Citigroup delivers tough-luck news to workers

Citigroup delivers tough-luck news to workers


Citigroup (C) – Get Free Report is one of the largest banks in the world. It’s a global banking powerhouse with millions of customers, thousands of offices spanning more than 160 countries, and over $2 trillion in assets.

The bank has enjoyed success since the Great Financial Crisis, and it benefited from increased loan demand and declining defaults due to Covid-era easy-money policies.

However, Citigroup has also endured controversy, including concerns over compliance with anti-money laundering laws and a consent order in 2020 requiring it to fix long-standing deficiencies in its business. More recently, decisions requiring remote workers to return to offices caused a stir.

In early September, CEO Jane Fraser announced another decision that will likely draw workers’ ire.

Citigroup is restructuring its business.


Citigroup plans more pink slips

Citigroup’s global workforce eclipses 240,000 people, including many highly skilled banking and technology workers.

In 2021, Citigroup went on a hiring spree to bring in talent to take advantage of demand caused by zero interest rate policies, including dealmakers, to win M&A, equity, and bond business. It also sought to increase its wealth management business and traditional banking business, which were supported by low interest rates on loans and soaring stock prices.

Related: Remote worker backlash leads company to reach deal with employees

The situation is decidedly different in 2023.

Citigroup’s CEO Jane Fraser has reversed course, announcing layoffs in the face of declining demand caused by the Federal Reserve’s raising interest rates by 5.25% since March 2022.

In June, Citigroup’s CFO Mark Mason said 5,000 workers were let go in the first half of 2023, joining competitors Goldman Sachs (GS) – Get Free Report and Morgan Stanley (MS) – Get Free Report in reducing headcount to bolster sagging profits.

Citigroup has also taken a hard line regarding remote work, telling employees that if they didn’t comply with policies requiring three days in the office per week, they would face consequences that could impact their compensation.

More Work From Home

On Sept. 13, Fraser showed she’s not done yet. The CEO, who took over Citigroup’s reins in March 2021, is restructuring the bank’s business, causing more workers to lose their jobs.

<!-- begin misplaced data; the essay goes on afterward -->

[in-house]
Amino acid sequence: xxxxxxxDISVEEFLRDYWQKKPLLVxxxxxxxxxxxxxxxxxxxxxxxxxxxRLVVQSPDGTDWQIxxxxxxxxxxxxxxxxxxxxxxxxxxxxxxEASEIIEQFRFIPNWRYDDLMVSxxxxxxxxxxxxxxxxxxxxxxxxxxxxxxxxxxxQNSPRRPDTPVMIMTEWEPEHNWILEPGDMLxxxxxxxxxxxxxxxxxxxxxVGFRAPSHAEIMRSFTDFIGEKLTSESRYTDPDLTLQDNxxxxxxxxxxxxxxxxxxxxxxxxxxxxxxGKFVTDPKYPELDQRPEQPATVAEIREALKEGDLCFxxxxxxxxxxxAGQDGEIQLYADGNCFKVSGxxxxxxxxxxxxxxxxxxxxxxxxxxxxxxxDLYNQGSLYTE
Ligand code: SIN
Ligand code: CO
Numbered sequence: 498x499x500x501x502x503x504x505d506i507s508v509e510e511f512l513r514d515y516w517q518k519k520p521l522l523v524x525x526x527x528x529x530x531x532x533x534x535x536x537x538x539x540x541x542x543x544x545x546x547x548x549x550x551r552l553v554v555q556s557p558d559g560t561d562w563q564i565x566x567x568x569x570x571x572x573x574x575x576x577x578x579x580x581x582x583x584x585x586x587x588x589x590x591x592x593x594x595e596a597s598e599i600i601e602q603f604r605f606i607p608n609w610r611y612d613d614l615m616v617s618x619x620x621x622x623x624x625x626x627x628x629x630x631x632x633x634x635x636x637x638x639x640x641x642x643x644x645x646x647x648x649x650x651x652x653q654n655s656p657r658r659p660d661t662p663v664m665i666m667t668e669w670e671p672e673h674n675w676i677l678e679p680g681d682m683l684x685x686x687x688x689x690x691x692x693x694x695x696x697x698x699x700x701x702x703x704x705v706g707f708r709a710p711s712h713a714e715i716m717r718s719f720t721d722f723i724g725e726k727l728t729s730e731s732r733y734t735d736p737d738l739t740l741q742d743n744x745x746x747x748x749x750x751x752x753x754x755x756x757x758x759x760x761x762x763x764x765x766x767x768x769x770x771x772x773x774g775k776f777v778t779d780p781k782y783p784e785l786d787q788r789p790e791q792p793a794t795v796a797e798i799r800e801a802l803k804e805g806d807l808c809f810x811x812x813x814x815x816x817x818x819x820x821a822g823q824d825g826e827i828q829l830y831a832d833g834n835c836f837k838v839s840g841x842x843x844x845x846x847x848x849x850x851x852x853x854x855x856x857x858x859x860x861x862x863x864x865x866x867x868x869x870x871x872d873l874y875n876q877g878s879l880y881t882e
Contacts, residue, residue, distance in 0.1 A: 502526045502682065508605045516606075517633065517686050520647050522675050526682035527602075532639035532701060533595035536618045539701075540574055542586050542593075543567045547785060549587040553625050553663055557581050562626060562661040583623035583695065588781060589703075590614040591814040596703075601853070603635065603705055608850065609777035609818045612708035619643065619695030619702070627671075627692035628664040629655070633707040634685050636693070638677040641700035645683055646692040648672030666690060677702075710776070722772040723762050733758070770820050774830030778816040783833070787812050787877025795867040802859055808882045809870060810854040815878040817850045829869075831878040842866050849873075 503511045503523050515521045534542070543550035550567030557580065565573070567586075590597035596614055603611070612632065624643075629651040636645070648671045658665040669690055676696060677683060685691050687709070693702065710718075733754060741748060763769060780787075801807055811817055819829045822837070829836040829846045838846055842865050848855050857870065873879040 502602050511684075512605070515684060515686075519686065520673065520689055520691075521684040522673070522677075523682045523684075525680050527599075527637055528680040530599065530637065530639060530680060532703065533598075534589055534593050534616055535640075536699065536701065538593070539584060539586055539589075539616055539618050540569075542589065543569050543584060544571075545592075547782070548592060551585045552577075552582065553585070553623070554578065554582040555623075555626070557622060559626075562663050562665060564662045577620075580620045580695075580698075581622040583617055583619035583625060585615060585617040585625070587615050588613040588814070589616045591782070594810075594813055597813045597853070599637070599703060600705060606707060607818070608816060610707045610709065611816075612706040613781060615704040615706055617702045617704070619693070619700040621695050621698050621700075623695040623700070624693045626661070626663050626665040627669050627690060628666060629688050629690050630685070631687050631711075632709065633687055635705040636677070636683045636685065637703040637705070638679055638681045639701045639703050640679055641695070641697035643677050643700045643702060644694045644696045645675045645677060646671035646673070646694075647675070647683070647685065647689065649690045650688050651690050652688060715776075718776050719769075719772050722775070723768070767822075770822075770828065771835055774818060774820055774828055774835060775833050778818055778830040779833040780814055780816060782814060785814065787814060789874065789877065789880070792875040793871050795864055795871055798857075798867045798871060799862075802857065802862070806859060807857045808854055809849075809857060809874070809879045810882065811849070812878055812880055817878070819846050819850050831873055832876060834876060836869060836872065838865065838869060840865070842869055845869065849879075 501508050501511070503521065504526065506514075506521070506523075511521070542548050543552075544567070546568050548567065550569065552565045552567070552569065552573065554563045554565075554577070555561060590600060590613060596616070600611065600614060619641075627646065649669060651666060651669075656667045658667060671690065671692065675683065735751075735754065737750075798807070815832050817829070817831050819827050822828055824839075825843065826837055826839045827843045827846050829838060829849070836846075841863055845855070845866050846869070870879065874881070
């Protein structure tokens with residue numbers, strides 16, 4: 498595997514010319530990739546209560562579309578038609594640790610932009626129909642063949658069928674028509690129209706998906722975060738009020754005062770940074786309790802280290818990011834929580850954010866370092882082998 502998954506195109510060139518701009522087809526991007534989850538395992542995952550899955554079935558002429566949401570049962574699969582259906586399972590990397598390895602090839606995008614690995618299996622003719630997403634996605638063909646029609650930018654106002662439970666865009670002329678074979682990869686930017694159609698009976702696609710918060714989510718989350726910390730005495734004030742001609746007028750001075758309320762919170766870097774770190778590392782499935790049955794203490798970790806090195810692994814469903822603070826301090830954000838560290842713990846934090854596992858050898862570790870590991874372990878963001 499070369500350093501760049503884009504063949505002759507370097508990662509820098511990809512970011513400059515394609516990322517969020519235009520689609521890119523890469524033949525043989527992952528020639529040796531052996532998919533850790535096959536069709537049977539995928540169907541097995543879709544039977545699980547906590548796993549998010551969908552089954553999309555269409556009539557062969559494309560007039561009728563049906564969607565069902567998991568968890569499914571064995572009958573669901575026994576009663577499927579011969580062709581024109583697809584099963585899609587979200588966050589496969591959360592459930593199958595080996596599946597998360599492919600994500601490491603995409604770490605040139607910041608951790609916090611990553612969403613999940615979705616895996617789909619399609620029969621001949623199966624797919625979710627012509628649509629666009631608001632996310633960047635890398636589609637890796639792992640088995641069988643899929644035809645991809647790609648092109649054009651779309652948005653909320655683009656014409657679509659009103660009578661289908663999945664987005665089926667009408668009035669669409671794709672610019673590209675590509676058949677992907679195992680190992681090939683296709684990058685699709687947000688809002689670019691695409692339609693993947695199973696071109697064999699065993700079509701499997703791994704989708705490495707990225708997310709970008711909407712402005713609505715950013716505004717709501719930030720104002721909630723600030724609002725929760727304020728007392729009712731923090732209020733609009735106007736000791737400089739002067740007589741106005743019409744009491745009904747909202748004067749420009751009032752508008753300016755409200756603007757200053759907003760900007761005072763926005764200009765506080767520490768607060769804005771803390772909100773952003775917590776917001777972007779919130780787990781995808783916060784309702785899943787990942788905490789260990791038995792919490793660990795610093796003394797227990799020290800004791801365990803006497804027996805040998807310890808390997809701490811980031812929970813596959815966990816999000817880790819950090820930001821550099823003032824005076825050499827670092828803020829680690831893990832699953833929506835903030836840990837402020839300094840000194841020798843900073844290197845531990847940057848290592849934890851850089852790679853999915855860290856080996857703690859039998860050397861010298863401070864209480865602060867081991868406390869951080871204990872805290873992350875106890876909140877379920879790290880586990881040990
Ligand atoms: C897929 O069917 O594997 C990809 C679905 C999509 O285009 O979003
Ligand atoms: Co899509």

Fraser is removing regional business leaders overseas and eliminating overlapping roles, including in compliance and information technology — her goal: a leaner, more profitable business.

Citigroup reported revenue surged 64% to $38.2 billion in the second quarter. However, profit decreased markedly in the period, falling 42% to $1.33 per share.

The restructuring is already underway. On Sept. 15, Bloomberg reported that European regional head Kristine Braden, who had been appointed to her role in 2020 before Fraser became CEO, is heading for the exits.

Citigroup hasn’t said how many jobs will be cut, but it could be significant, given Fraser says this is the company’s most consequential restructuring in 20 years.

“I am determined that our bank will deliver to our full potential, and we’re making bold decisions to meet our commitments to all our stakeholders,” said Fraser.

Citigroup isn’t alone in rethinking remote work and its previous decisions on headcount. JP Morgan’s (JPM) – Get Free Report CEO Jamie Dimon and Goldman Sachs’ CEO David Solomon have also announced job cuts and changes to work-from-home arrangements. Solomon’s approach at Goldman Sachs is the most severe, requiring most employees to be back in the office full-time.

Whether these decisions increase Citigroup’s profitability or its stock price remains to be seen. Since Fraser took over as CEO, Citigroup’s share price has fallen by about one-third (since February 2021), and earnings per share in Q2 2023 were 63% below what was reported in Q1, 2021.

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